"The Heart of the Matter"

brought to you by NEMA - The National Emergency Medicine Assoc.


Return to Topic List

Week: 566.6 Guest: Belinda Childs, RN, President for Health Care and Education, American Diabetes Association Topic: Diabetes awareness, risk and warning signs Producer/Host: Steve Girard

NEMA: Diabetes is a killer...make no mistake about it. But it's symptoms can be vague, and seemingly unconnected... and so the American Diabetes Association puts out the word, constantly, about how at least one type of the disease can be prevented, how someone can live very well with the disease...if they follow advice and take care of themselves. Today, we're with Belinda Childs, an RN, and president for Health Care and Education for the ADA....

CHILDS: There are two different types of diabetes... and what they have that's alike is that they both cause high blood sugars. And Type 1 diabetes primarily occurs in young people and in normal weight individuals, and Type 2 diabetes occurs primarily in older adults who are overweight. The high blood sugars of both diseases are what cause the complications of diabetes...and that's what makes it really serious. And the primary defect is that the insulin either isn't there....the body doesn't make enough insulin...or it doesn't work. And in Type 1....there is not insulin, the beta cells that produce insulin in the body don't work. And in the Type 2, there's lots of insulin, but it's not used by the body.

NEMA: Two different diseases...so, very different forms of treatment....

CHILDS: The treatment for the person with Type 1 diabetes, or insulin dependent diabetes... medication wise, the only treatment is insulin, and that's given by injection. In addition to that, like the Type 2, they do meal planning, exercise, and then the Type 2, from the medication side, today, have lots of options. In the last 18 months, three additional new drugs...oral medications... have been released for use. So the Type 2's regimen, or treatment point is different. It can start out with diet and exercise only, and then the individual may go on oral medications...and then the person may need insulin. So there's a lot of different options for treatment.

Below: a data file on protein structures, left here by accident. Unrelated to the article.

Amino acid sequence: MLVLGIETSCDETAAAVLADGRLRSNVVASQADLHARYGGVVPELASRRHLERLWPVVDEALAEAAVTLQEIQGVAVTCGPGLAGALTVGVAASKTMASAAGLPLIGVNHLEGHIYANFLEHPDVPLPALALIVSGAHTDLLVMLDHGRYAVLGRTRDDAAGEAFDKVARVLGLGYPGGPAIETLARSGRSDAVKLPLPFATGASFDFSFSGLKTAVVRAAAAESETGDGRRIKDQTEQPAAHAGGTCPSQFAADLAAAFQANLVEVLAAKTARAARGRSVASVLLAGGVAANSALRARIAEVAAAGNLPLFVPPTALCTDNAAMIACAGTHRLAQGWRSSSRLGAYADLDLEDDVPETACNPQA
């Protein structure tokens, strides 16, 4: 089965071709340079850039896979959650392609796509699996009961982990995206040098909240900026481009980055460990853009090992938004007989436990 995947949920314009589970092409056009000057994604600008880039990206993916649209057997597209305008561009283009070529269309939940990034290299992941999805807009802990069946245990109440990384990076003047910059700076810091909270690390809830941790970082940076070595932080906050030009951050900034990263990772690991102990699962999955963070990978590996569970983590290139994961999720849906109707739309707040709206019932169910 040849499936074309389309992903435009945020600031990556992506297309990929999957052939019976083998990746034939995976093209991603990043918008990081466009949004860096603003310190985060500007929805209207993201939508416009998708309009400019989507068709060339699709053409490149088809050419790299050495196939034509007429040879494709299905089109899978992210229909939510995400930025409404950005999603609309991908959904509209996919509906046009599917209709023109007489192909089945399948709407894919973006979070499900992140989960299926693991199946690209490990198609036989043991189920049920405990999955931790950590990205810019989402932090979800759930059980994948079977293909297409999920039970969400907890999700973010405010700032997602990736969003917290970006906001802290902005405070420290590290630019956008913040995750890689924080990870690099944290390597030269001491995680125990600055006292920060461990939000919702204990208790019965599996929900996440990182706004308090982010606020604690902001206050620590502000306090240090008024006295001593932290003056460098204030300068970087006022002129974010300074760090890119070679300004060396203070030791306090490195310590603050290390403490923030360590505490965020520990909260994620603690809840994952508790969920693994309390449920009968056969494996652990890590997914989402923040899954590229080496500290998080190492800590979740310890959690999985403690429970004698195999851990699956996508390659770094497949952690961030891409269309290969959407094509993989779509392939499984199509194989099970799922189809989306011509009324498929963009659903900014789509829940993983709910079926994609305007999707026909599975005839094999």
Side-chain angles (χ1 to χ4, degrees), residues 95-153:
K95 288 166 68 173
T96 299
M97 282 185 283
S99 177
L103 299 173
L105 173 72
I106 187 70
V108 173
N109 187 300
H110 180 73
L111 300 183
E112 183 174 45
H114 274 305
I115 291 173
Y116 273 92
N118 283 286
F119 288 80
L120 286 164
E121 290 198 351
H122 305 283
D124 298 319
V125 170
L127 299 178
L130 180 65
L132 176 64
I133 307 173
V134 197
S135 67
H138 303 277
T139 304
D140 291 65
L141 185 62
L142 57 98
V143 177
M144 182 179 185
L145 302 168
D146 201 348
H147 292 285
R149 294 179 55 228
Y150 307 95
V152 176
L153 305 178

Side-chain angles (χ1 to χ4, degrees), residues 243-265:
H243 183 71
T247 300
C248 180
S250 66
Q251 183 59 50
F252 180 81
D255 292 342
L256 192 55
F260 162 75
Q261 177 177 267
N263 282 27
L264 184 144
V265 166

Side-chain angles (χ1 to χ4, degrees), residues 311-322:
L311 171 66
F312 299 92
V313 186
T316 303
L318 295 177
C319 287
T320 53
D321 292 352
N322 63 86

NEMA: You mentioned that in Type 2's, there is insulin in the body, but there's something wrong and the body doesn't utilize it. What does the medication do for this system?

CHILDS: [It] makes it work better. And certainly science has improved a lot over the last few years in relationship to what we know about diabetes. We used to explain, as I did pretty simplistically, that the insulin just doesn't work, doesn't get through....doesn't work right in the cell to bring the glucose across. We talk about it from the standpoint of insulin going into the keyhole...it's what unlocks the cell for the insulin and glucose to go across. We now know there are defects inside the cell and outside...there are just lots of different defects. But treatment wise...exercise is one of the most effective ways to make the insulin work better. Reducing your weight allows the insulin to work better. And then you add the medications, which then work in the body to make the insulin more effective.

NEMA: Let's talk about the kinds of behaviors and the warning signs of diabetes..

CHILDS: Fatigue, blurred vision, unexplained weight loss, slow healing wounds, pain and burning in the hands and feet. For women: frequent vaginal infections, increased thirst, increased urination, sometimes increased appetite. The difficulty with diabetes is the symptoms are vague, and they're slow onset...and that's why we know that most people with type 2 diabetes have had it 7 to 10 years prior to their diagnosis.

NEMA: So, many people are feeling these seemingly unconnected ills, not really putting it together... that it may be diabetes....

CHILDS: That's exactly right. Many times they're contributed to, "I'm getting older".

NEMA: But if they have a good relationship with their doctor...and they get their checkup....

CHILDS: ....they ought to be doing their annual screening...that's right. And you have to throw in there, in that checklist, almost...the at-risk.... people who are at risk should have, certainly, an annual evaluation for diabetes. And those folks who are at risk...which is kind of the other checklist: family history of diabetes, being overweight, being underactive...people who are African American, Hispanic, Native American...have a significantly higher incidence of diabetes.

NEMA: What are the reasons for that...is it known why?

CHILDS: Genetically related...the ability of their body to use the insulin...from a genetic standpoint...they are coded that it just doesn't work as well. It's just a higher incidence...

NEMA: It's very high for Hispanic women, I understand....

CHILDS: ...over the age of 55, one out of three has Type 2 diabetes...it's an incredible number.

NEMA: Is there a recommended age after which people should be regularly screened?

CHILDS: Over 45 as well....those people over 45 with the other risk factors should be screened.